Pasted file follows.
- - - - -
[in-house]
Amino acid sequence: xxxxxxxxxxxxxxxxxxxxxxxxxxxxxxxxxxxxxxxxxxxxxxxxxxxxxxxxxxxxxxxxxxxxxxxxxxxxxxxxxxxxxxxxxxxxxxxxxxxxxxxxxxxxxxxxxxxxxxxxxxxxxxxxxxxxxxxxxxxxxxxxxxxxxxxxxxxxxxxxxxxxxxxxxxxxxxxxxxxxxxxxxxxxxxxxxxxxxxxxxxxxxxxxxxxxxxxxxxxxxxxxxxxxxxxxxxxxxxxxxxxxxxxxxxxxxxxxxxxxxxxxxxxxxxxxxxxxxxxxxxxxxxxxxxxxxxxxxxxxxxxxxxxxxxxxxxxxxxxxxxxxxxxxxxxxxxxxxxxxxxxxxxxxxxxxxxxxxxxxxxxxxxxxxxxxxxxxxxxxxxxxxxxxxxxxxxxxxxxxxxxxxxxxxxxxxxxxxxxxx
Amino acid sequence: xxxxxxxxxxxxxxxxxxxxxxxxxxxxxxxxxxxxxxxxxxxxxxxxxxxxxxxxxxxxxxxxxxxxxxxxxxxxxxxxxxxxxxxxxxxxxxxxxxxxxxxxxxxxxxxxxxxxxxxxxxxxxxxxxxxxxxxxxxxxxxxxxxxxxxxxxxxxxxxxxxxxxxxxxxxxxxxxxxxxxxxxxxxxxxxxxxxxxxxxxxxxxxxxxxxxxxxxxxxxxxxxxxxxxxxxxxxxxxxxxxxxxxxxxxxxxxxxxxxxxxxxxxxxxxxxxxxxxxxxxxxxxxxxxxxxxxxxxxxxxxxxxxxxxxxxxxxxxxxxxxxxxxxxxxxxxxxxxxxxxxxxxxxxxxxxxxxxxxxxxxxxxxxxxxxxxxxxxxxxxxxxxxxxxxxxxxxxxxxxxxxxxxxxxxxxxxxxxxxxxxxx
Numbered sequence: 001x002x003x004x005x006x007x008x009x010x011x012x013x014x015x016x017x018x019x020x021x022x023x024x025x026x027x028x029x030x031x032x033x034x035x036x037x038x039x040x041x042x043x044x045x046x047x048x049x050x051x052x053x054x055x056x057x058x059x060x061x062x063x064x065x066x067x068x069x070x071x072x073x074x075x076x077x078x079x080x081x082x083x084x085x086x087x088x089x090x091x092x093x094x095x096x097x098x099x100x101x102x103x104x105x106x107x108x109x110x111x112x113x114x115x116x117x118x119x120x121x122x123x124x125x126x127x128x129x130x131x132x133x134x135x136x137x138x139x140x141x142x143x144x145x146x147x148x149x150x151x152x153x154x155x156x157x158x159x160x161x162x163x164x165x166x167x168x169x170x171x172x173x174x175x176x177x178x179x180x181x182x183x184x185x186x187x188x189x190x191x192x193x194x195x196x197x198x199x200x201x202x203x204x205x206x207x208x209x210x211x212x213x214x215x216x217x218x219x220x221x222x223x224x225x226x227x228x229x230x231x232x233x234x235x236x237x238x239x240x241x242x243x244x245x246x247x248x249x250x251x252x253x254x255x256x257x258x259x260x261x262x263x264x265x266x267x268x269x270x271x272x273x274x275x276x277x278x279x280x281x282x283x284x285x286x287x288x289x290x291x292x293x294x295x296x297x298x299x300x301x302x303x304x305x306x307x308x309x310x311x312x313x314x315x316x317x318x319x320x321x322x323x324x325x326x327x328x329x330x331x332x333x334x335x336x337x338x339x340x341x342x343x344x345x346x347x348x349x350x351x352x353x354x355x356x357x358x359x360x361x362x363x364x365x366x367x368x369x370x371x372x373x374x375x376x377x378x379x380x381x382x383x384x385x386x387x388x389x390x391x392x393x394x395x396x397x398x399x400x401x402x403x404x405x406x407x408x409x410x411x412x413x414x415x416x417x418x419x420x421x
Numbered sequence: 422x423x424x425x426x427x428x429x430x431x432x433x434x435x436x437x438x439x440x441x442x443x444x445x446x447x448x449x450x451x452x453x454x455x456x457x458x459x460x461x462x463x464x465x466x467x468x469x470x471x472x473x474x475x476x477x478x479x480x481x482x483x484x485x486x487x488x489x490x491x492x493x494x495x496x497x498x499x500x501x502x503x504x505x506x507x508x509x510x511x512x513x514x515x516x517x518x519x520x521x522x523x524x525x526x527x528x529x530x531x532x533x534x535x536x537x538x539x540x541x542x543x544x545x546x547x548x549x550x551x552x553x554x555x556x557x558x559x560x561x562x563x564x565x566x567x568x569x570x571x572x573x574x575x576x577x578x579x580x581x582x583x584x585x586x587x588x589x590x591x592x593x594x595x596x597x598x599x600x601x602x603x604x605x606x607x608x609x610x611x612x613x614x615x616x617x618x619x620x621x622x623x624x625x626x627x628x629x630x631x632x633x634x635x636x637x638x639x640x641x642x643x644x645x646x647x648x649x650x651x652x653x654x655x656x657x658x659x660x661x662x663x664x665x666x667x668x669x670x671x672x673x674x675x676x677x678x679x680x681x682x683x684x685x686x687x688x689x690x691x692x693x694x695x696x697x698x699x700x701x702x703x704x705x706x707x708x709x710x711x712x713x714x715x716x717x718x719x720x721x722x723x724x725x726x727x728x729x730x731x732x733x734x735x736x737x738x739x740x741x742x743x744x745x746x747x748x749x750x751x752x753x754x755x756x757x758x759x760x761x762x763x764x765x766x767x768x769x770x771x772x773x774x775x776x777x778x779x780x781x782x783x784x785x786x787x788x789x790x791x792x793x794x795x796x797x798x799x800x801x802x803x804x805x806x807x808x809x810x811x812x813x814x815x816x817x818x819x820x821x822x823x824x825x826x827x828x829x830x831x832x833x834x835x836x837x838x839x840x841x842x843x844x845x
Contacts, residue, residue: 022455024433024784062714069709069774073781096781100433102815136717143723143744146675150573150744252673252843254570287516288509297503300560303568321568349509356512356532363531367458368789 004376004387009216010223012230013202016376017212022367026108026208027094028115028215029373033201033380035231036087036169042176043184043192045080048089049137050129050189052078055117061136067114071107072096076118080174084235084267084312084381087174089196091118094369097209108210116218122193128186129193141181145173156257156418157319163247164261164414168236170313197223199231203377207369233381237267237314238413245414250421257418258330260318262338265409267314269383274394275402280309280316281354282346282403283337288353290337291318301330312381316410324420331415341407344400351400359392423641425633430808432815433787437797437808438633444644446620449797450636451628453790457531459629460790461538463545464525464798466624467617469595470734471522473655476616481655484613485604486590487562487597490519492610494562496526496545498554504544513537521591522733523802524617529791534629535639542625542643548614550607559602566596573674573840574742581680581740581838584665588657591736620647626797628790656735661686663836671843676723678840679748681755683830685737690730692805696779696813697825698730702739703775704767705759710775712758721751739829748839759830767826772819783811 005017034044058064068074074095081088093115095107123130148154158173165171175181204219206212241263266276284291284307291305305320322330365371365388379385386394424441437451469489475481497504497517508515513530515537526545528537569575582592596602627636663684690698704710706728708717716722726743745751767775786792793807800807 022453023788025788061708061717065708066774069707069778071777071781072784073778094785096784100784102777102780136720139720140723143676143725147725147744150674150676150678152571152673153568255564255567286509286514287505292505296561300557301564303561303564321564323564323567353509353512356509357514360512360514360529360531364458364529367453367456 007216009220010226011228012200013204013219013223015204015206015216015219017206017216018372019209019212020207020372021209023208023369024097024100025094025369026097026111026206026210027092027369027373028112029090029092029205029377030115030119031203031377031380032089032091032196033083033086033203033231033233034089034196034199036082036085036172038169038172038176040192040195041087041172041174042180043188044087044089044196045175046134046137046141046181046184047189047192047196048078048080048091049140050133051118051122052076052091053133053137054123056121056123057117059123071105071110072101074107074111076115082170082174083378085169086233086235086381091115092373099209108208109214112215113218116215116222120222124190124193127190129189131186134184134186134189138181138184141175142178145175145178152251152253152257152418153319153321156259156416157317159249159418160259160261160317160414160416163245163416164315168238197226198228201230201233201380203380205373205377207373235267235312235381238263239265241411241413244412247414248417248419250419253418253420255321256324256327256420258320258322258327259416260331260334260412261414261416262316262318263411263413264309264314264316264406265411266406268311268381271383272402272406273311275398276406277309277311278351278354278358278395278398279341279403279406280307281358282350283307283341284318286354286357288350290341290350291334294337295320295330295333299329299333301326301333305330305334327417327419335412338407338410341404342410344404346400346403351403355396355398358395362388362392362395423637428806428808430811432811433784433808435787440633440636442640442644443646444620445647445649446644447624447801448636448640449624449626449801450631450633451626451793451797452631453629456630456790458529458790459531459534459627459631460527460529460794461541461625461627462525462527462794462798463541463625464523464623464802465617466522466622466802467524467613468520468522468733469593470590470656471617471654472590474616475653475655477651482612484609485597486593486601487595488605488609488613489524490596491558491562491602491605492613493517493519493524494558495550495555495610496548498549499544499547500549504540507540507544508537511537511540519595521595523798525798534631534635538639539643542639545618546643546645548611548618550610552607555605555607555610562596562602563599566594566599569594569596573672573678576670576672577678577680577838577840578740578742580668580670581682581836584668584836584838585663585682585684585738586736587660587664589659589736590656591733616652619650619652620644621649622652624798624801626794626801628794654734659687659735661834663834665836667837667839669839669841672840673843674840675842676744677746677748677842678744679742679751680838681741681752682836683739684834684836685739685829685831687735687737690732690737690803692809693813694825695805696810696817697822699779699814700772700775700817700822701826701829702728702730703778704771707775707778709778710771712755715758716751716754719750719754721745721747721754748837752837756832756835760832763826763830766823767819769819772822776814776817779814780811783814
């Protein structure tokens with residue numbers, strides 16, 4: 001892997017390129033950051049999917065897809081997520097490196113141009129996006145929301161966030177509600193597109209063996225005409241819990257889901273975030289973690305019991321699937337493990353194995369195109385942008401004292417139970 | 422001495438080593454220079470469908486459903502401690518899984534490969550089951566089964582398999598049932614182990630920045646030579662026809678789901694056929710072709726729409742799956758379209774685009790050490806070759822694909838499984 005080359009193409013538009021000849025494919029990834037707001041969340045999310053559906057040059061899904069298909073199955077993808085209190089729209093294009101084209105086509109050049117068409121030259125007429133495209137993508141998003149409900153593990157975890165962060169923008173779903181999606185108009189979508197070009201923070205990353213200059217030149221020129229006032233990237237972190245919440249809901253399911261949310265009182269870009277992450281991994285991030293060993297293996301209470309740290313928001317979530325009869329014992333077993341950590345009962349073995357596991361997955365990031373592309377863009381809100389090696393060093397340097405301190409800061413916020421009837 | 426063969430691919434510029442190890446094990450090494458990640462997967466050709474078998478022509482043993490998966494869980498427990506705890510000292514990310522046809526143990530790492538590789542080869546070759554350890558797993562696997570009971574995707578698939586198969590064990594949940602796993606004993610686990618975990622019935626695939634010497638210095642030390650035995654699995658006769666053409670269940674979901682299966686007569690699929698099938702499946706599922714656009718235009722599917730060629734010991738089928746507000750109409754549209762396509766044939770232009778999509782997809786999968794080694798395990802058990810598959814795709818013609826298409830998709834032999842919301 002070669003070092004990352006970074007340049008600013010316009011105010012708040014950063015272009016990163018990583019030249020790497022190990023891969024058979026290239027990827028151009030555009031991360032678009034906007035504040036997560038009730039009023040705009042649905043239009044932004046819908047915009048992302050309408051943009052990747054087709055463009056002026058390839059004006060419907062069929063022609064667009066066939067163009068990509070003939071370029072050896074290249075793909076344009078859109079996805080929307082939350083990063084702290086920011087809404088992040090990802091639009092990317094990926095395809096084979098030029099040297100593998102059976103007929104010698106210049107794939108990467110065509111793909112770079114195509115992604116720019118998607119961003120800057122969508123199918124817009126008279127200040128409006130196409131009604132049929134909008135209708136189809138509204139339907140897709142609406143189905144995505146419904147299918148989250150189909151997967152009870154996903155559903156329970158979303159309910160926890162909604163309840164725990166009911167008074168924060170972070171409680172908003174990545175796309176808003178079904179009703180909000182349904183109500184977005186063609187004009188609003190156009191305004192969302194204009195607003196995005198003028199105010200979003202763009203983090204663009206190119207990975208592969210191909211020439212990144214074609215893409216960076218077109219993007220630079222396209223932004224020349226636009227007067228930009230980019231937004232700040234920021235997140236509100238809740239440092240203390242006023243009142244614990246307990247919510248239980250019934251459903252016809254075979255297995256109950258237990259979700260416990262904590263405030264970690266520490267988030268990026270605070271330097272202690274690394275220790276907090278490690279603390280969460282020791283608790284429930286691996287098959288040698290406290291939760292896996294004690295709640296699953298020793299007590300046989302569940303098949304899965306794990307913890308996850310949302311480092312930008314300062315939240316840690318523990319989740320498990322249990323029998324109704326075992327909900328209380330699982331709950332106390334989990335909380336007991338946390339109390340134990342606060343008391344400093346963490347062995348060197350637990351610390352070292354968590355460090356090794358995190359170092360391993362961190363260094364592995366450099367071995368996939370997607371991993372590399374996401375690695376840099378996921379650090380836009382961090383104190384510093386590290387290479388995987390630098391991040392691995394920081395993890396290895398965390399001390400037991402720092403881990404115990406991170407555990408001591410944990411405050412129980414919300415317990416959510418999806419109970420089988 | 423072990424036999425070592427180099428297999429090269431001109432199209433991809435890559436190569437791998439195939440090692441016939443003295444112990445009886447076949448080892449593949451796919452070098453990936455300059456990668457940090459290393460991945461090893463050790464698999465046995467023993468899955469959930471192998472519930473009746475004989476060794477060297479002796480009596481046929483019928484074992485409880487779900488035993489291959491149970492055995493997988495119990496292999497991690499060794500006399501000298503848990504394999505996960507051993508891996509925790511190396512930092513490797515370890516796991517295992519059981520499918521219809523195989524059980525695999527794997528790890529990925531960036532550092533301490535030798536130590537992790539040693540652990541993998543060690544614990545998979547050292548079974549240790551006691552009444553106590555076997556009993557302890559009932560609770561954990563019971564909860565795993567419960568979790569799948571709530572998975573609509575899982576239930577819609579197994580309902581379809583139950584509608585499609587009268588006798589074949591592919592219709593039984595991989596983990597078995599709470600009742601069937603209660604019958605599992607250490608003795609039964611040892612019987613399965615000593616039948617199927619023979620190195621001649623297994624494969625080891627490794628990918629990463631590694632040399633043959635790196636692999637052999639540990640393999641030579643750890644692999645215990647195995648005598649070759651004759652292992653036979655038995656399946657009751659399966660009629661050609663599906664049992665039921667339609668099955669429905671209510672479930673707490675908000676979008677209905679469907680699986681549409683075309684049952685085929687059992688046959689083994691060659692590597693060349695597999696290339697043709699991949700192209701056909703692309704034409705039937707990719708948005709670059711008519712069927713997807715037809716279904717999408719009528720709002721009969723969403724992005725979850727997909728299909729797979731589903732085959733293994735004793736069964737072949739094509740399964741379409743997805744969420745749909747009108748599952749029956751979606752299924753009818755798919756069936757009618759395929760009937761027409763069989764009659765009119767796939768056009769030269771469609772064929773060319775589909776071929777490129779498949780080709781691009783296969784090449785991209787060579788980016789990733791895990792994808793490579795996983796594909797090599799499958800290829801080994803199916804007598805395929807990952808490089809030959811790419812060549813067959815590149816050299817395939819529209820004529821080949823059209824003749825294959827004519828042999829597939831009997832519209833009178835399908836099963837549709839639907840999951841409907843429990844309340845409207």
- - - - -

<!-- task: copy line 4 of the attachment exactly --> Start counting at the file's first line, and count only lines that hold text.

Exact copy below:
Numbered sequence: 001x002x003x004x005x006x007x008x009x010x011x012x013x014x015x016x017x018x019x020x021x022x023x024x025x026x027x028x029x030x031x032x033x034x035x036x037x038x039x040x041x042x043x044x045x046x047x048x049x050x051x052x053x054x055x056x057x058x059x060x061x062x063x064x065x066x067x068x069x070x071x072x073x074x075x076x077x078x079x080x081x082x083x084x085x086x087x088x089x090x091x092x093x094x095x096x097x098x099x100x101x102x103x104x105x106x107x108x109x110x111x112x113x114x115x116x117x118x119x120x121x122x123x124x125x126x127x128x129x130x131x132x133x134x135x136x137x138x139x140x141x142x143x144x145x146x147x148x149x150x151x152x153x154x155x156x157x158x159x160x161x162x163x164x165x166x167x168x169x170x171x172x173x174x175x176x177x178x179x180x181x182x183x184x185x186x187x188x189x190x191x192x193x194x195x196x197x198x199x200x201x202x203x204x205x206x207x208x209x210x211x212x213x214x215x216x217x218x219x220x221x222x223x224x225x226x227x228x229x230x231x232x233x234x235x236x237x238x239x240x241x242x243x244x245x246x247x248x249x250x251x252x253x254x255x256x257x258x259x260x261x262x263x264x265x266x267x268x269x270x271x272x273x274x275x276x277x278x279x280x281x282x283x284x285x286x287x288x289x290x291x292x293x294x295x296x297x298x299x300x301x302x303x304x305x306x307x308x309x310x311x312x313x314x315x316x317x318x319x320x321x322x323x324x325x326x327x328x329x330x331x332x333x334x335x336x337x338x339x340x341x342x343x344x345x346x347x348x349x350x351x352x353x354x355x356x357x358x359x360x361x362x363x364x365x366x367x368x369x370x371x372x373x374x375x376x377x378x379x380x381x382x383x384x385x386x387x388x389x390x391x392x393x394x395x396x397x398x399x400x401x402x403x404x405x406x407x408x409x410x411x412x413x414x415x416x417x418x419x420x421x